4. A testing and rejecting device for electrically conducting parts, comprising an alternating current energized Wheatstone bridge circuit having an electromagnet connected in one of its arms, said electromagnet having as a portion of its magnetic circuit an air gap adapted to receive the electrically conducting part to be tested, a solenoid having a movable core adjacent to said air gap for ejecting the electrically conducting part therefrom, two electron discharge devices, each having an anode, a cathode and a grid, connecting means between said bridge circuit and said discharge devices for impressing across the cathode and grid of each discharge device a voltage whose magnitude is responsive to the difierence or potential across the bridge, caused by an unbalance thereof, a relay having a pair oi! normally closed contacts and a winding connected in series with the anode of one or said discharge devices, a relay having a pair of normally open contacts and a winding connected in series with the anode oi the other of said discharge devices, and means including the contacts of said relays for effecting the energization of said solenoid when either pair of contacts are closed.

5. A testing and rejecting device for electrically conducting parts, comprising an alternating current energized Wheatstone bridge circuit having an electromagnet connected in one 01! its arms, said electromagnet having as a portion of its magnetic circuit an air gap adapted to receive the electrically conducting part to be tested, a solenoid having a movable core adjacent to said air gap for ejecting the electrically conducting part therefrom, a resistance, connecting means between said bridge circuit and said resistance for impressing on the latter a voltage whose magnitude is responsive to the difference of potential across the bridge, caused by an unbalance thereof, two electron discharge devices, each having an anode, a cathode and a grid, means for connecting the cathode and grid of each discharge device across predetermined portions of said resistance, a relay having a pair 0! normally closed contacts and a winding connected in series with the anode 0! one of said discharge devices. a relay having a pair of normally open contacts and a winding connected in series with the anode of the other oisaid discharge devices, and means including the contacts of said relays tor eflecting the energization of said solenoid when either pair of contacts is closed.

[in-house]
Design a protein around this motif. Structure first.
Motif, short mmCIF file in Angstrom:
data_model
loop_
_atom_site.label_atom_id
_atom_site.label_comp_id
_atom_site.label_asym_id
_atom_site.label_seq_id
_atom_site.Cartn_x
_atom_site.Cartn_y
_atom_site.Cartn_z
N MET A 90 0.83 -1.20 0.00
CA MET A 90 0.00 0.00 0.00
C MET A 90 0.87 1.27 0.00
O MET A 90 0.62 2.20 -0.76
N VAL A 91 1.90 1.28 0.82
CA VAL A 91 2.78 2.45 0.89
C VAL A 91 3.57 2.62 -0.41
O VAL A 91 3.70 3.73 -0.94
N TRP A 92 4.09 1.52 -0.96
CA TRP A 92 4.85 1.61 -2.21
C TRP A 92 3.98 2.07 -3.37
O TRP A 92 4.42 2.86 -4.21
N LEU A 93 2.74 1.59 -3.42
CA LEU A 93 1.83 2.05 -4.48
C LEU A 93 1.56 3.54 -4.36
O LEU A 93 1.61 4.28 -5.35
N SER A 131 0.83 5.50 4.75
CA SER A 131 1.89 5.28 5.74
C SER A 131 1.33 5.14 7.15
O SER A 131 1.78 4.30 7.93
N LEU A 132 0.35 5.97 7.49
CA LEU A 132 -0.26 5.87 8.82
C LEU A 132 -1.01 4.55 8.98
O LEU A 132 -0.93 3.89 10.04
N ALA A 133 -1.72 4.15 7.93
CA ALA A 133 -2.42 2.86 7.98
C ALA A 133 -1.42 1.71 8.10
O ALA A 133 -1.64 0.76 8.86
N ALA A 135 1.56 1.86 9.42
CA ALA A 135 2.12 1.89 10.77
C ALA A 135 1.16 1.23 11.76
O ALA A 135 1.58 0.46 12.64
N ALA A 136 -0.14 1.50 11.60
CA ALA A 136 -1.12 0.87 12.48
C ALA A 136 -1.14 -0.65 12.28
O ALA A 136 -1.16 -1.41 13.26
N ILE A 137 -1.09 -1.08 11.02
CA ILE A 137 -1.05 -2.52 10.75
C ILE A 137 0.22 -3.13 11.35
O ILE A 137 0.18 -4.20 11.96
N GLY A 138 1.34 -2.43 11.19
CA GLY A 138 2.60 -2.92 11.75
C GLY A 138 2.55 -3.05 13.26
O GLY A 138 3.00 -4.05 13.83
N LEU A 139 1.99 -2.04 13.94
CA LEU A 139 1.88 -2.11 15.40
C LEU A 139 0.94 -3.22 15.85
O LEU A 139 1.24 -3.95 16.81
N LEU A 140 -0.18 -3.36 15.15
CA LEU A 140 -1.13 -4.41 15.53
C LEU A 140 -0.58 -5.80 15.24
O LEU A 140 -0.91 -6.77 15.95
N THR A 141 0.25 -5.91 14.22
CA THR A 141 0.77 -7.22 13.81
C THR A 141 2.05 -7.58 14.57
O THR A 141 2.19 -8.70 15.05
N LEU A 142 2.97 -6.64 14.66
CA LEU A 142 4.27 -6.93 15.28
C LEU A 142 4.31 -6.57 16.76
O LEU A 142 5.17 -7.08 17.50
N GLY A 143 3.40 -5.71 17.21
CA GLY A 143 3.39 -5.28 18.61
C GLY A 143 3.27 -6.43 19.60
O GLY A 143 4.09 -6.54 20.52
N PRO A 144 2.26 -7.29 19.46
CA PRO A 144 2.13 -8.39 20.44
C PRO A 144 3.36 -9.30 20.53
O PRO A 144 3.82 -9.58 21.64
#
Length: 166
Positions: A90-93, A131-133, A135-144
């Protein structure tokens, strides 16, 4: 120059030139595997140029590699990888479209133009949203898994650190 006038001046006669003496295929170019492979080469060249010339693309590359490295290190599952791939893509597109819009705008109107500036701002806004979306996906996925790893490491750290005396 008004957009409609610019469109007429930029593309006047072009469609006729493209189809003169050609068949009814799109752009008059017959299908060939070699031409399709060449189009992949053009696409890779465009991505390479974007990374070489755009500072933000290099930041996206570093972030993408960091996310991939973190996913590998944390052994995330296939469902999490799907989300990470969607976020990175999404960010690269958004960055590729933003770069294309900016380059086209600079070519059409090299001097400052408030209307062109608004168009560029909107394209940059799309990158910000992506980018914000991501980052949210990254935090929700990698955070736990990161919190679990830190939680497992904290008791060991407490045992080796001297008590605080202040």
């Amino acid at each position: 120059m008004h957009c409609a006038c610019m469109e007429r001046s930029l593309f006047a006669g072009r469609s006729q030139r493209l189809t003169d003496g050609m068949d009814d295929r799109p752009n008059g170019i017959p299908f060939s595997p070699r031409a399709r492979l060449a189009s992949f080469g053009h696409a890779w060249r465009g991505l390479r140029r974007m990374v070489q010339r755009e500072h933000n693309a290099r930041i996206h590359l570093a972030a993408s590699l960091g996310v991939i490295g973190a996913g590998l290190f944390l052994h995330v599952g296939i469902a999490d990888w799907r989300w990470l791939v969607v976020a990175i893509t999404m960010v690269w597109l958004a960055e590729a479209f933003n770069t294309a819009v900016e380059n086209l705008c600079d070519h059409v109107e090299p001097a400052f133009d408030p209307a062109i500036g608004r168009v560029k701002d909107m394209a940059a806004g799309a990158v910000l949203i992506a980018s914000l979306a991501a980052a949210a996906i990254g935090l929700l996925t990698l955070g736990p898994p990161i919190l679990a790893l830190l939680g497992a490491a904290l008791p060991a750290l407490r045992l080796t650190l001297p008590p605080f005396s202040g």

6. In a conveying system-- having a movable conveyor carrying a plurality oi consecutively disposed electrically conducting parts. the combination of driving means for periodically advancing the conveyer a predetermined amount in a given direction with the conveyer remaining in a stationary position for a predetermined period after each advance, and a testing and re jecting devicefor said electrically conducting parts, said device comprising an alternating current energized. Wheatstone bridge circuit having an electromagnet connected in one of its arms, said electromagnet having as a portion of its magnetic circuit an air gap adapted to receive an electrically conducting part carried by said conveyer and being so positioned that the electrically conducting parts carried by said conveyer consecutively occupy a portion 0! its air gap dur-' ing successive stationary positions of the conveyer, electromagnetically operated means positioned adjacent to said air gapior removing the electrically conducting part therefrom, means including two pairs oi'contacts tor eflecting the energization of said electro-magnetically operated means when both pairs of contacts are closed, means responsive to the diiference 0! potential across said bridge circuit, caused by an unbalance thereof, for effecting the closing 01' one of said two pairs of contacts when the particular characteristic under investigation of the electrically conducting part in said air gap is appreciably diflerent from that of a standard part, and means responsive to the operation of said driving means for eflecting the closing of the other of said two pairs or contacts when said conveyer is in a stationary position.